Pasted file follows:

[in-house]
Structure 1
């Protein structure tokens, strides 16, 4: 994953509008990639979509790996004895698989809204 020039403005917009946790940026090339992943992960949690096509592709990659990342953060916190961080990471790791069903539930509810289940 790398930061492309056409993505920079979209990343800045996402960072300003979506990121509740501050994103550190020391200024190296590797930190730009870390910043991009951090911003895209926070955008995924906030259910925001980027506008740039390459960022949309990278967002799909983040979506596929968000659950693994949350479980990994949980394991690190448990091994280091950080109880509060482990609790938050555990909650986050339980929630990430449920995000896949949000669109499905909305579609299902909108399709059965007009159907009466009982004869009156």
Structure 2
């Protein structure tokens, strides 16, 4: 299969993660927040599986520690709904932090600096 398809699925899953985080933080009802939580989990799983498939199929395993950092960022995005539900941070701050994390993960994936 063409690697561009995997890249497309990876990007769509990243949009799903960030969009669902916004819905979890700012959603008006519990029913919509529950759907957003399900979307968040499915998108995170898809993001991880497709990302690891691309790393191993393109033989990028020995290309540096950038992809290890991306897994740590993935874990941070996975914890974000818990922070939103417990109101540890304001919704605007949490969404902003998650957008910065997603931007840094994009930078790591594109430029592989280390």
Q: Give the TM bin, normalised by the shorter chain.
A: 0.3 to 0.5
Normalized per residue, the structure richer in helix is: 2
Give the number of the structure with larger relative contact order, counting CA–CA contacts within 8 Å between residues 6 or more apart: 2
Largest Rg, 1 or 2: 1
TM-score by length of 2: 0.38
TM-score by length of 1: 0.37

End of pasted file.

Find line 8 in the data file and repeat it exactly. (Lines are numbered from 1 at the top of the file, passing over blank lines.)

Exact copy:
Normalized per residue, the structure richer in helix is: 2